3. Step: Planning the sprints
In this planning step, the sub-goals to be achieved in the sprints are defined.
4. Step: Creation of the sprint backlog
The defined sub-goals for the sprint are broken down into individual tickets, which the members of the Scrum team work on independently during the relevant period. They are recorded in the sprint backlog.
5. Step: Daily Scrum
During the course of a sprint, the team members meet daily in the so-called Daily Scrum Meeting and give each other an update on their work of the previous day and their plans for the day ahead.
6. Step: Sprint review
Once the current sprint is completed, the team members report to the product owner, who is responsible for the final project outcome, on the goals achieved. From this, possible optimisations of the backlog and the next sub-goals are derived.
Agile method in HRSteps 5 and 6 are repeated until the project is completed. The iterative structure is important. Every step, every problem that arises can mean a change. On the one hand, this agile approach produces quick results, but it also allows for the continuous adaptation of the goals to new framework conditions or desired changes of the stakeholders.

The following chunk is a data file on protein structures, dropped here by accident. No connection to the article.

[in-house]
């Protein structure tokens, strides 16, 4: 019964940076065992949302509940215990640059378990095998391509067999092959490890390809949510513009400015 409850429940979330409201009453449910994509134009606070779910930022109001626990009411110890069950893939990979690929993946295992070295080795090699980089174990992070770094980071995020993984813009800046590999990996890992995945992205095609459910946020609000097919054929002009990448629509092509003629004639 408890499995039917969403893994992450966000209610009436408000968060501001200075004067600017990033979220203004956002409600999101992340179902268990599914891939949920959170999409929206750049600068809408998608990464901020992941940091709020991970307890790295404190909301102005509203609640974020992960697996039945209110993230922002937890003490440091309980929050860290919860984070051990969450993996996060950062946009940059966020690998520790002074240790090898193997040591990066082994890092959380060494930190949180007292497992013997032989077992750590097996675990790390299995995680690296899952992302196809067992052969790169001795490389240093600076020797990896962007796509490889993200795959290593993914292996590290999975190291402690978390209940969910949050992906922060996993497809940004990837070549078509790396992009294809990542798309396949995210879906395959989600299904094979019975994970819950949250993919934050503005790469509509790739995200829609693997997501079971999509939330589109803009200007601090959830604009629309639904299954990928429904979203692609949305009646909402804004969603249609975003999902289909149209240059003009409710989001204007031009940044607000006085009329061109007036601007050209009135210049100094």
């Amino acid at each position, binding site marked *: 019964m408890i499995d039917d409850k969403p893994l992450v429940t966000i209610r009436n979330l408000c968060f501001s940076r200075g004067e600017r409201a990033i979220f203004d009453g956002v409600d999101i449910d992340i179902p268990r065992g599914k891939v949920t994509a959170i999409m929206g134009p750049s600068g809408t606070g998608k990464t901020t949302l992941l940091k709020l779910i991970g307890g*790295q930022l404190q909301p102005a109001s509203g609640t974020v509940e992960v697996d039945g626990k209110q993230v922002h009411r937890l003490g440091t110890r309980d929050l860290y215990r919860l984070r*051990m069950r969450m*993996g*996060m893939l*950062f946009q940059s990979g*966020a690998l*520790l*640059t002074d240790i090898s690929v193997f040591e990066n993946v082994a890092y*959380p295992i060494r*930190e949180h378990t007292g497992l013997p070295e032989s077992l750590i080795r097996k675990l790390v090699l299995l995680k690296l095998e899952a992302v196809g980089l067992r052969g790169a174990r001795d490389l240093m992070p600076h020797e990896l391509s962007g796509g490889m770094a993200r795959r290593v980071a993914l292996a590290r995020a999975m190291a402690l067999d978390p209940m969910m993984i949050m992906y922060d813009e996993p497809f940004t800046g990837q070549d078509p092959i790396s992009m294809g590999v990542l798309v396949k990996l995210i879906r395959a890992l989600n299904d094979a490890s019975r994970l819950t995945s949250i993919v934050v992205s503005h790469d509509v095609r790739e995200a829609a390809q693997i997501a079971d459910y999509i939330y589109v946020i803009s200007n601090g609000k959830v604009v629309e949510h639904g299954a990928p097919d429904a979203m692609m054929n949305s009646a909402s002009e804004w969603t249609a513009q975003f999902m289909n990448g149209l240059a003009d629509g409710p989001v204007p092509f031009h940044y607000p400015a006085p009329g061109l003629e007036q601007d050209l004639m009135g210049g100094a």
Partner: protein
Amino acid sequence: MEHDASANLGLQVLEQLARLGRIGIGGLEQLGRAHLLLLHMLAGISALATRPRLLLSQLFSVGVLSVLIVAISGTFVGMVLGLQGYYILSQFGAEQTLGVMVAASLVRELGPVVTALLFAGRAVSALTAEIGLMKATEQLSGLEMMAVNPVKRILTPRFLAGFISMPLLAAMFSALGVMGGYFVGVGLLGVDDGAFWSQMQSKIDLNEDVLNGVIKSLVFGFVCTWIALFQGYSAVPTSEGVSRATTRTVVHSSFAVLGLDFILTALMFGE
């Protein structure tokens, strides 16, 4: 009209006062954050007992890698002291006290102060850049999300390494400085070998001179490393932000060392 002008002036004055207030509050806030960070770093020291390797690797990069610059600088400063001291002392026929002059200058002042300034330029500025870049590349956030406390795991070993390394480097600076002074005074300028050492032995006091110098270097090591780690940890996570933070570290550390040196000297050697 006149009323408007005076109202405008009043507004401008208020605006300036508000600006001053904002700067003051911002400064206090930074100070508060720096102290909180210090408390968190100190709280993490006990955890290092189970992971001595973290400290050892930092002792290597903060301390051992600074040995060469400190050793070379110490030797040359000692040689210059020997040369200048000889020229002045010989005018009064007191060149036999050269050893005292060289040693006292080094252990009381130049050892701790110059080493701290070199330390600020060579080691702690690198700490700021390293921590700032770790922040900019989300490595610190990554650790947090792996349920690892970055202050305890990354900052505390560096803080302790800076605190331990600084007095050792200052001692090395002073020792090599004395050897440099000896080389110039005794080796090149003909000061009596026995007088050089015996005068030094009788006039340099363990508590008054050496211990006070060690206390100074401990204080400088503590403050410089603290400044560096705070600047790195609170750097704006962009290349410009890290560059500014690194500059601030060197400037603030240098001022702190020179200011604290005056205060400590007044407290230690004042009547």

Scrum in HR management: HR processes rethought
HR not only takes on the role of enabler for other departments, but can also use Scrum tools for its own projects. Old-established HR processes in particular often offer great potential for optimisation. HR projects are often very extensive and long-term. Thanks to the iterative process of the Scrum method, results can be achieved quickly, implemented in everyday life and tested.Agile HR Thus, the experiences from the first interim results can flow directly into the next sprints and make process optimisation even more sustainable. Whether recruiting, onboarding or talent management, with Scrum HR experts can work on most processes along the HR value chain.
HR can benefit from many advantages by using Scrum:
- Motivation: Fast interim results and the independent and autonomous way of working increase the motivation of team members.
- Fast results: The iterative process enables tangible results faster and projects can be completed quickly.
- Transparency: HR processes can be made transparent.
- Image: Agile working approaches such as Scrum increase the attractiveness of the employer (positive influence on the employer brand).
- Collaboration: Team members quickly get used to the Scrum methodology and work together better and more smoothly.
- Priorities: Thanks to the detailed prioritisation, employees suffer less stress. Unnecessary tasks are eliminated. In addition, there is less pressure at the end of the project because milestones have to be reached regularly beforehand.
A prerequisite for the successful use of Scrum methods is corresponding competence in the HR department. This applies equally to the role as a pioneer for other departments as well as for own projects in the agile HR organisation.